Farewell from the secretary of the ELCA
By David Swartling
Dear colleagues and friends:
I recall with fondness one of my first official activities as secretary of the ELCA — preaching at the farewell service and reception for a departing colleague. I chose as the text for that service the wedding at Cana from John 2. Although a retirement and a wedding party seem dramatically different, the occasions in reality are remarkably similar. Both involve beginnings and endings, both involve changes of vocation, and, of course, both involve parties! And, with Jesus present, both involve the possibility of transformation!
Now, six years later, the tables have turned, and I am reflecting on my own retirement from the churchwide organization, my own ending and a new beginning. What a six years it has been! From my present perspective, the time seems to have passed quickly, but in retrospect it has been a remarkable odyssey, and much has occurred. My reflections on these years compel me to say two things: “Wow!” and “Thank you!”
The “Wow” reflects what we have been through together — Churchwide Assemblies, hundreds of governing document amendments, a social statement on human sexuality, ministry policies, congregational disaffiliations, a recession, diminished Mission Support, restructuring, lawsuits, health care reform, seminary and college mergers, and much more. It has, indeed, been challenging. Yet being on this journey with you has been enormously rewarding.
And that brings me to the “Thank you!” The joys of serving as an officer of this church often spring from relationships with colleagues. In my six years at the Lutheran Center and as a representative for this church in synods and other venues, I have been greeted and treated with respect, support and affection. I have met wonderful people — both rostered leaders and laypeople — who are inspired by their faith and are ambassadors for Christ in their individual vocations. They evidence a living faith and what Presiding Bishop Hanson refers to as an “evangelical missional imagination.” Perhaps most profoundly, my own faith has been nurtured and strengthened by my relationships with colleagues at the Lutheran Center and throughout this church. Words cannot adequately express my admiration and gratitude for such colleagues, so I will say simply “Thank you!”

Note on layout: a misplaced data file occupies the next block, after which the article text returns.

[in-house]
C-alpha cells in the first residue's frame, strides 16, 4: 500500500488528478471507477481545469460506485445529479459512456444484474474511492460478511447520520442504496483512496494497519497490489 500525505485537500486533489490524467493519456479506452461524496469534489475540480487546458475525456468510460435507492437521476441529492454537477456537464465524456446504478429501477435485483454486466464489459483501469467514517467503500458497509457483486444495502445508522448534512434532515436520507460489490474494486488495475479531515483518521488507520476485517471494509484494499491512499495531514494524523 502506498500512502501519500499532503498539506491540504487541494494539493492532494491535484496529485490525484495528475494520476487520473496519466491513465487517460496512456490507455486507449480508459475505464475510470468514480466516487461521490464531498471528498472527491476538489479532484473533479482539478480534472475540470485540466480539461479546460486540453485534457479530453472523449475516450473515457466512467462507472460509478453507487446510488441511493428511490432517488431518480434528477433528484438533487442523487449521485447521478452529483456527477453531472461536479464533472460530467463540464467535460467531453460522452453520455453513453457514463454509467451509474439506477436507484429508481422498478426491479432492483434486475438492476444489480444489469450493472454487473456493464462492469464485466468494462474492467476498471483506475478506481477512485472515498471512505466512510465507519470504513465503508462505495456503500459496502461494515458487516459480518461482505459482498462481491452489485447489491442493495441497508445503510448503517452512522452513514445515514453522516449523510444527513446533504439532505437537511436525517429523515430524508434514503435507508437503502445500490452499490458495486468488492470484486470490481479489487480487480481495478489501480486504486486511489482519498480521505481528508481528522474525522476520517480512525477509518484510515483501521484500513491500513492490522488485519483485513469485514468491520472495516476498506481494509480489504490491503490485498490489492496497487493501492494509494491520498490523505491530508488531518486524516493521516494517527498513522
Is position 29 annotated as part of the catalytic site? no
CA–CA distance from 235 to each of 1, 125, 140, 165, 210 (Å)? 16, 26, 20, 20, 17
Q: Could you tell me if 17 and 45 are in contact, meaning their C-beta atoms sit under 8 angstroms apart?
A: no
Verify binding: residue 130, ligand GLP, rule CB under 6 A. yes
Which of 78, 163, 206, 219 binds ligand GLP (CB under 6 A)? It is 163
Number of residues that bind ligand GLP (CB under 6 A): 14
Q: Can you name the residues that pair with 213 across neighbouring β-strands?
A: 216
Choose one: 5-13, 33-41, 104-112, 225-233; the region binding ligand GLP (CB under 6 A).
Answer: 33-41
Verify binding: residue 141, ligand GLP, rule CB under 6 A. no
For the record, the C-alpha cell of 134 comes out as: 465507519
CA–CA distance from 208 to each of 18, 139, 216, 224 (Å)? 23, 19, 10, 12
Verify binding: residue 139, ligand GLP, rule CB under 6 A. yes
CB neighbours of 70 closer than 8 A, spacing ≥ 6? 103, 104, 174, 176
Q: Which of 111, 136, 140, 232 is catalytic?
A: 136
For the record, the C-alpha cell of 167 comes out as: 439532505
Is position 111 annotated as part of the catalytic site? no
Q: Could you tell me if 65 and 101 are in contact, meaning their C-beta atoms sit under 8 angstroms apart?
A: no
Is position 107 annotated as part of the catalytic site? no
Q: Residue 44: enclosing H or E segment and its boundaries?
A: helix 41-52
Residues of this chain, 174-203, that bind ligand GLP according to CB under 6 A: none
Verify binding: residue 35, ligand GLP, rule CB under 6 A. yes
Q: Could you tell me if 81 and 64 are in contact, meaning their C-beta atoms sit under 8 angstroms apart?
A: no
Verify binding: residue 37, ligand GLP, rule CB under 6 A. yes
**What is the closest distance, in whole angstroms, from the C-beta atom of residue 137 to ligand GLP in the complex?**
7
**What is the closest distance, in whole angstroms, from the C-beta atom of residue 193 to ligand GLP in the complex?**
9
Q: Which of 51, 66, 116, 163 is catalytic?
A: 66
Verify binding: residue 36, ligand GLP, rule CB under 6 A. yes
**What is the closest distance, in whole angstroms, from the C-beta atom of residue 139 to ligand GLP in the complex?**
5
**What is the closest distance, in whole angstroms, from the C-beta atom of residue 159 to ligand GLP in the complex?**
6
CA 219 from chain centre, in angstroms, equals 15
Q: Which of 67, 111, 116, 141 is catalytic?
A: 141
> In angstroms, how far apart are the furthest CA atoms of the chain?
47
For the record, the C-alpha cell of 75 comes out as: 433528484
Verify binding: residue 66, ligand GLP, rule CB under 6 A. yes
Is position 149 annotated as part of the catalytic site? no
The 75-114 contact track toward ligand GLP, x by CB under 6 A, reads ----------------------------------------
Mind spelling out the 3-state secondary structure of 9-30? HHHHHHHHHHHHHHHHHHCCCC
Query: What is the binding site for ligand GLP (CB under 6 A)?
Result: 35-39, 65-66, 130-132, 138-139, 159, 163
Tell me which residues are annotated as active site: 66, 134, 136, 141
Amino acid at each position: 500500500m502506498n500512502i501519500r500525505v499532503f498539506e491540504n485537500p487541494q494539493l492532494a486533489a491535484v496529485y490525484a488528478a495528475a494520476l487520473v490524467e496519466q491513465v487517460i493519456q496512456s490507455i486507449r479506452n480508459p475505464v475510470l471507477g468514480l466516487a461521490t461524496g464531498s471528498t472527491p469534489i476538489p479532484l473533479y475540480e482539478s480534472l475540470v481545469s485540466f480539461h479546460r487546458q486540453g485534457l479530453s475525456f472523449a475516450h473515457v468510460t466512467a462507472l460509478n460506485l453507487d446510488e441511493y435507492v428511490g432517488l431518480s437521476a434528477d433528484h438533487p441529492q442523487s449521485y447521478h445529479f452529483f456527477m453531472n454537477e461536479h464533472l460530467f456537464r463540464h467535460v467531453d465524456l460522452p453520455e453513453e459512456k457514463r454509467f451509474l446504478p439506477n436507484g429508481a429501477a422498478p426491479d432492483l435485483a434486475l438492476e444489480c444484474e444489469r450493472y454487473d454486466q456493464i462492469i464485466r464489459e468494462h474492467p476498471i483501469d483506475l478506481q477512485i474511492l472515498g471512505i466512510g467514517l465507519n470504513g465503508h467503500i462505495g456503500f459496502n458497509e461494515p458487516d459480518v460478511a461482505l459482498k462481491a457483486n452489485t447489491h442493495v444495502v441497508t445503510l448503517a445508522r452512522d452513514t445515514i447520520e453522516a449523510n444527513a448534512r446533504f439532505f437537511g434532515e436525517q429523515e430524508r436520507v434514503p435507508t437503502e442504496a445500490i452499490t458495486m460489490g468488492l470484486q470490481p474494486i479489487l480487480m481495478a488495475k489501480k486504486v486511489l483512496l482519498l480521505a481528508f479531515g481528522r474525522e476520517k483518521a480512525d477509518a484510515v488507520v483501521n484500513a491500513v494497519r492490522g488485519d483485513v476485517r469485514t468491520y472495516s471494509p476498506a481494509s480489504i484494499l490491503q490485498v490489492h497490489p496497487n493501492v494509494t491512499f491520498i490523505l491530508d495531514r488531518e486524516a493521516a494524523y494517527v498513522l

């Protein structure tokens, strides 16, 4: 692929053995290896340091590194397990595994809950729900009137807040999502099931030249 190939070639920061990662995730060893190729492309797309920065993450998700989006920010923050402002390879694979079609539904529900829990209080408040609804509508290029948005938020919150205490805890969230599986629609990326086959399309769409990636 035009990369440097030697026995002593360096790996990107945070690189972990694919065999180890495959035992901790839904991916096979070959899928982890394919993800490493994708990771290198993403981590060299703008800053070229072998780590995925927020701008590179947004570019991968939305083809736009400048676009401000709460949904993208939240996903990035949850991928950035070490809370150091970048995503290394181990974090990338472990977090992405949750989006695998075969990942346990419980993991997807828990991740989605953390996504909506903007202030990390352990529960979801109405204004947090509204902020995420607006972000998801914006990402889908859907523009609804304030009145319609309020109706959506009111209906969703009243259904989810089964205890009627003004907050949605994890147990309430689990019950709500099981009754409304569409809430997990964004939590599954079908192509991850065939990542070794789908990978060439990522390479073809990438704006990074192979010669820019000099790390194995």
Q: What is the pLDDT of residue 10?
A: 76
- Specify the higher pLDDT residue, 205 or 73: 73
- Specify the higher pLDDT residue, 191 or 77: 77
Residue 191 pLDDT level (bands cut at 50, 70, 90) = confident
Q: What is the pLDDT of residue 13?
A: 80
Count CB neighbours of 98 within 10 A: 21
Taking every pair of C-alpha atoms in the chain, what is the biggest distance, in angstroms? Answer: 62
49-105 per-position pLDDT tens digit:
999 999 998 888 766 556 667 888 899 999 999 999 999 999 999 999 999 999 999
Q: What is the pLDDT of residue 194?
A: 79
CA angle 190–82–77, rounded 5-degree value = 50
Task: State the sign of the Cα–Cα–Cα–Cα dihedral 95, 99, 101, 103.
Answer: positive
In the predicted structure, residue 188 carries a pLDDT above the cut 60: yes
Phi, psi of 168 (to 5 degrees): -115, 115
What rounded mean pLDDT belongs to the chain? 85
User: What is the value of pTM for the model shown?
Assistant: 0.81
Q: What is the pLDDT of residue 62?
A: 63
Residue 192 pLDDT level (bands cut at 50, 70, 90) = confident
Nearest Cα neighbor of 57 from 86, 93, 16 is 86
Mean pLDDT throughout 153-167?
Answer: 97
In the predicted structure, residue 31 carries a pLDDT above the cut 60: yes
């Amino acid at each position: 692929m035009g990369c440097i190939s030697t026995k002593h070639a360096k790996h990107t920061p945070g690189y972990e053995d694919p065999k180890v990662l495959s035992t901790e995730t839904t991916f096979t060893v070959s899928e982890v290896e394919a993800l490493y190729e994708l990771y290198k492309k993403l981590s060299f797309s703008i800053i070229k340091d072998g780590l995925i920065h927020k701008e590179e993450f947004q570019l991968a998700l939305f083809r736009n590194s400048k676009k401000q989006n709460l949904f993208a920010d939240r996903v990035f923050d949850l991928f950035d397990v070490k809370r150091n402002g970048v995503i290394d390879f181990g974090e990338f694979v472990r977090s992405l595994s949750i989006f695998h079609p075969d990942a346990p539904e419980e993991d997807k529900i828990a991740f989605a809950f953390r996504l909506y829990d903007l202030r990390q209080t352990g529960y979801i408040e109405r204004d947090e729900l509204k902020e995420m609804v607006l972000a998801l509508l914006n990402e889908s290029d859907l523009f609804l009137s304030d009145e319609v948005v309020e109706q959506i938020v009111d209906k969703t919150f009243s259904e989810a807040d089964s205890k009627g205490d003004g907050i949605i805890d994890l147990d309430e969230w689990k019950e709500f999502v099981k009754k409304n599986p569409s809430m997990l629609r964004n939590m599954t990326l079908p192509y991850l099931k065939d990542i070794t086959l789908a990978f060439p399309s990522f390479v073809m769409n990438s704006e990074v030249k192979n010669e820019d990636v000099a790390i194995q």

I hope you remember me in this posture of the photo above, holding the red book — the Constitutions, Bylaws, and Continuing Resolutions of the Evangelical Lutheran Church in America. I hope that you say, “This is a missional document!” I hope that you remember that the governing documents of this church contain gospel as well as law, that they teach us that the ELCA does ministry better together as interdependent congregations, synods and the churchwide organization, and that they remind us that we are a “both/and” church with room in it for people who can disagree without being disagreeable! Indeed, in an “either/or” world, the ELCA proclaims that we are a “both/and” church!
So, now, as I prepare to depart, I am again drawn to the story of the wedding in Cana because it is about transformation — transformation of something ordinary into something extraordinary, with the help of Jesus. The life of Jesus and the lives of the newly married couple and perhaps many participants were transformed forever by that encounter in Cana. In different ways, their lives moved on in new directions, but were never the same again. Now, it is time for another transition during which Jesus will work in unexpected ways for us in the ELCA and for us individually, to transform the ordinary into the extraordinary, to empower us to proclaim and witness to the good news, and to make everything new. This is most certainly true!
David Swartling is concluding his term of office as ELCA secretary. He was elected to a six-year term on Aug. 11, 2007. At the time of his election, Secretary Swartling was a member of Bethany Lutheran Church, Bainbridge Island, Wash. He served that congregation and the ELCA in a variety of positions.
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Recap of the 2013 ELCA Churchwide Assembly
The family reunion that is the Churchwide Assembly